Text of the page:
Global Business on Stage with Fortune Global Forum

  • November 29, 2018
  • Scott

In October I attended the Fortune Global Forum, held this year in Toronto, Canada. It’s an invitation event for, primarily, the CEOs of businesses all over the world. The makeup of the event evolves as it moves from country to country – and in Toronto, Canada and the USA were well-represented.

BP3 is one of the smallest “global” companies around – we operate in 4 continents, with most of our revenue coming from North America and Europe.  Usually when you say global, you’re thinking massive companies like Starbucks – and the Fortune Global Forum didn’t disappoint-  they put Starbucks’ CEO on stage.

Kevin Johnson relayed that 40% of payments at Starbucks in the US are mobile – which makes Starbucks the largest mobile payment platform in the US.  Bigger even than Apple Pay in the US, which is kind of remarkable.

Kevin really emphasized the requirement to be local and offer a great customer experience and mobile experience in that market.  In China, 60% of payments are mobile (vs. 40% US).  They have everything in China that they need to run Starbucks globally, as if they are a fully independent firm. There’s also a focus on leveraging Alibaba and AI to integrate with brick and mortar experiences.

I liked the questioning about balancing Brick and Mortar experience vs. growth in the Consumer Packaged Goods space – grocery stores etc.  Kevin frames it this way:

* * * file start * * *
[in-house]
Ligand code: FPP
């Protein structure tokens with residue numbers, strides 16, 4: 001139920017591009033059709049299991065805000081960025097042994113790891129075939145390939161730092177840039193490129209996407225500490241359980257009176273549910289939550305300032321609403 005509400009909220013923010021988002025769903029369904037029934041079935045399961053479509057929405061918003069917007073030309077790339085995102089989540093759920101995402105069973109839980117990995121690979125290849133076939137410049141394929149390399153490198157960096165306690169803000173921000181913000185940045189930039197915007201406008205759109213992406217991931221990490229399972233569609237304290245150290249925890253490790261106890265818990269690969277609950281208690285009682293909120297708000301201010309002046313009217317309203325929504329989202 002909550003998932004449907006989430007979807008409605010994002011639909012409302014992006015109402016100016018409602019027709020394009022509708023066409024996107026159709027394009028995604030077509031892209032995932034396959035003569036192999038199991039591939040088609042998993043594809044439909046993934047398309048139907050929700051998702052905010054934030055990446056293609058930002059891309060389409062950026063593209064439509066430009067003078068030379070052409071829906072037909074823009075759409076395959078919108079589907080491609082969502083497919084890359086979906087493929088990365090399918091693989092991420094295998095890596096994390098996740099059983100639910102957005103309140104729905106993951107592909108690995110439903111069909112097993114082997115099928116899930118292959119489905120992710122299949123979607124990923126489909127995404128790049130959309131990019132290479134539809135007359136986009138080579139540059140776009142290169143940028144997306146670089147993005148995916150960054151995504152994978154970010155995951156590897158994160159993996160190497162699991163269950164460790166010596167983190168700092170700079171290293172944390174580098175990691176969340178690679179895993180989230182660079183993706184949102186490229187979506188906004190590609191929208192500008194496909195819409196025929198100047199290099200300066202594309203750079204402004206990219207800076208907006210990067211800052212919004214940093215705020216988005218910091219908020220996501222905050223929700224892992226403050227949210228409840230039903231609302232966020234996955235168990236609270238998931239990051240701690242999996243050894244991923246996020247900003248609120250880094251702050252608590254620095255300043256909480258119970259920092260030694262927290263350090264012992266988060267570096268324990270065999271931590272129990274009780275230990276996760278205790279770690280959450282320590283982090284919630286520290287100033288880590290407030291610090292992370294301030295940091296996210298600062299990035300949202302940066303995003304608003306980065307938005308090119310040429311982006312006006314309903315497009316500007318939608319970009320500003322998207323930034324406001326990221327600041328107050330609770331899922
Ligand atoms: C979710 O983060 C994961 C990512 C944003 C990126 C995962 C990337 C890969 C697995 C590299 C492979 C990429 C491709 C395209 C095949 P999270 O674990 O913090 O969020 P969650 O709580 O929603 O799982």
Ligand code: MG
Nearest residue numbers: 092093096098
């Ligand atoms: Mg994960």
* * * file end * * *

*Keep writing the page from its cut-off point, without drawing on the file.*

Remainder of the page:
1. “First of all the Starbucks Brand is created in our stores.” It has everything to do with how we create a third space, warm and welcome environment for our clients. It’s how we create custom hand-crafted beverages for our clients at scale.
  2. CPG amplifies our brand in those other channels.  If they make coffee at home, we want them to enjoy it with our premium coffees.

Also: what does the brand, Starbucks, mean?  Does being part of the conversations about things outside of coffee distract from the brand?  Does it get in the way of your global brand?

  1. Kevin: Quite the opposite.  Starbucks is built around a mission that is grounded in the human experience.  To do that it begins by taking care of Starbucks partners.  It’s why we offer the benefits and stock options that we do.  It’s why we have a college achievement plan.
  2. It even lowers our attrition and turnover relative to peers- so we can make a business case as well as a moral and mission case.

For the keen observer, you can see me in the background of one questioner’s shot at about 14:45 or so.



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